an operating company. They have the chance to exit the industry or become part of the formal transport sector. This has been really successful. We are entering into negotiations to secure twelve ear operating contracts with three operating companies, two of which have been formed by these mini bus taxi operators.” You might imagine some reluctance from smaller businesses facing this buyout, but Herron says that this has been far from his experience. “The small operators have the opportunity to exit the industry and that’s appealing enough because it’s a difficult industry. It’s very competitive and a very difficult way to earn a living, so we’re offering a great opportunity by offering to purchase their business. We’re working out a compensation model where we buy their vehicle and operating permit and they can leave the industry if they wish, or alternatively join a bigger company.” The Department of Transport is planning to expand this strategy to higher density areas of the city, where Herron expects that negotiations may be more challenging, but he believes the work they have done so far will work as a flagship for the whole project. The other major challenge that they are working to address is the inequalities that still exist in the aftermath of apartheid, such as the many black people who are living in remote areas without access to the economic empowerment resources available in the city centre. “It requires collaboration between both transport and urban planning departments in terms of what routes we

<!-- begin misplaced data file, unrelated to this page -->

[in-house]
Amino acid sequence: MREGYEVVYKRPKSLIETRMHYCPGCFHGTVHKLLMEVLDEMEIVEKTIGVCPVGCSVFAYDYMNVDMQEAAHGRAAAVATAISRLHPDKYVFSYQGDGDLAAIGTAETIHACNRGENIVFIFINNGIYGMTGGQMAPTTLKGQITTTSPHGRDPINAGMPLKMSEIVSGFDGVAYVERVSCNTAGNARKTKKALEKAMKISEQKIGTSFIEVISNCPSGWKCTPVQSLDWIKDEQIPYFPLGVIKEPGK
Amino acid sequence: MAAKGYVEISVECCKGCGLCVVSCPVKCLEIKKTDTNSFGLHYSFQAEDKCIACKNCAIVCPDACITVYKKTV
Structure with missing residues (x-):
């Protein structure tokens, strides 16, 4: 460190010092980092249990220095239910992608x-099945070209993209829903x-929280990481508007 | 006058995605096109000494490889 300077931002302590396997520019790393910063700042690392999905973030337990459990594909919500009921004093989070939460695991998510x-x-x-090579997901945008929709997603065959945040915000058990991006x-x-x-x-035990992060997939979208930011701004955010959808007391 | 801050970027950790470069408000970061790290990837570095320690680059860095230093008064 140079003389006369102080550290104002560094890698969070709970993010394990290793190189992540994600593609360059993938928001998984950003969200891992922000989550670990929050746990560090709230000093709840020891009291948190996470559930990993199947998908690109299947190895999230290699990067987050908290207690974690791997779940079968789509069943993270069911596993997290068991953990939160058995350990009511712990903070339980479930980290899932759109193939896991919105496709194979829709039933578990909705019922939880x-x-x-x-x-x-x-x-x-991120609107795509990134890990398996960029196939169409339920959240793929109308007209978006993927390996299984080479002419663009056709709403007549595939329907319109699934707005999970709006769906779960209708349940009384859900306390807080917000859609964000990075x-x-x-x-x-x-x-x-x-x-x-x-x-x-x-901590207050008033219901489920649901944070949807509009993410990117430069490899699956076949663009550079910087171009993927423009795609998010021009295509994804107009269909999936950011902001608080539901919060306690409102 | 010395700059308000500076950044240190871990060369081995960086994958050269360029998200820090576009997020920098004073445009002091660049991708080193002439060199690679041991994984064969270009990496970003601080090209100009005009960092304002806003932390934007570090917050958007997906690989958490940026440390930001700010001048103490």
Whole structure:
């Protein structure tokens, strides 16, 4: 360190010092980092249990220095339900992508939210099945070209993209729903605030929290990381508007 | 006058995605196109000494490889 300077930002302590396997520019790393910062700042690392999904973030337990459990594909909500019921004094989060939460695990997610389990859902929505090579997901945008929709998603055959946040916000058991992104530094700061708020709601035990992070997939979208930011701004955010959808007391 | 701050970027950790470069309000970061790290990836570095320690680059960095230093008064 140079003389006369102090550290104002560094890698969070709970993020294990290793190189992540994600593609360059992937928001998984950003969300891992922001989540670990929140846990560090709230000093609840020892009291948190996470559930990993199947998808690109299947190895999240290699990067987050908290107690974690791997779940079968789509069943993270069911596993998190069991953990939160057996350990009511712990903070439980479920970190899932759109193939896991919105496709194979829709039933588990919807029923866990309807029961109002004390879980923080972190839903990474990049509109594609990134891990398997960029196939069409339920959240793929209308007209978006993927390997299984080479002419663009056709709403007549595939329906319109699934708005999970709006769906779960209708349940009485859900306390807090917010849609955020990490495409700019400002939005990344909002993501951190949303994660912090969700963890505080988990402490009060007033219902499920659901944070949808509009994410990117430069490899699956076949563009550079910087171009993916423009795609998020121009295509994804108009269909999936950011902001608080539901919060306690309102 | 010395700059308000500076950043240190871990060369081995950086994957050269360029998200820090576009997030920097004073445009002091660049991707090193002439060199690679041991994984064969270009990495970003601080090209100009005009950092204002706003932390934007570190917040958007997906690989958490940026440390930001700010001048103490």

use. We’re looking very carefully at transport orientated development that will put transport corridors into communities bringing the economic opportunities closer to where people live.” The Road Ahead Herron’s not ready to stop here however. The big projects that are currently underway are only the initial steps in what will be a wholesale upgrade of Cape Town’s entire transport infrastructure. “We are expected to take over the management of the bus service that’s currently operated under a provincial government authority through a company called Golden Arrow. Then we’re developing our own bus rapid transport system that’s been seeing a lot of expansion recently. We’re also looking to go into the Metro south east of the city where there’s a high demand for extra capacity and more efficient links and transport corridors,” Herron says. “The most exciting part of the project is going to be the final coming together of all these fragmented services so we can plan for more convenient and sensible connections and routes. Part of that process is to upgrade the infrastructure that exists already, including taxi stations and bus stations. We’re also initiating a program to standardise the street furniture on our transport system. Some areas have bus shelters and benches that are looking decidedly run down, so we’re going to be renovating those.” It’s going to be a huge project, but the Cape Town Department of Transport is off to a great start.

Cape Town Department of Transport By Chris Farnell

Capetown Department of Transport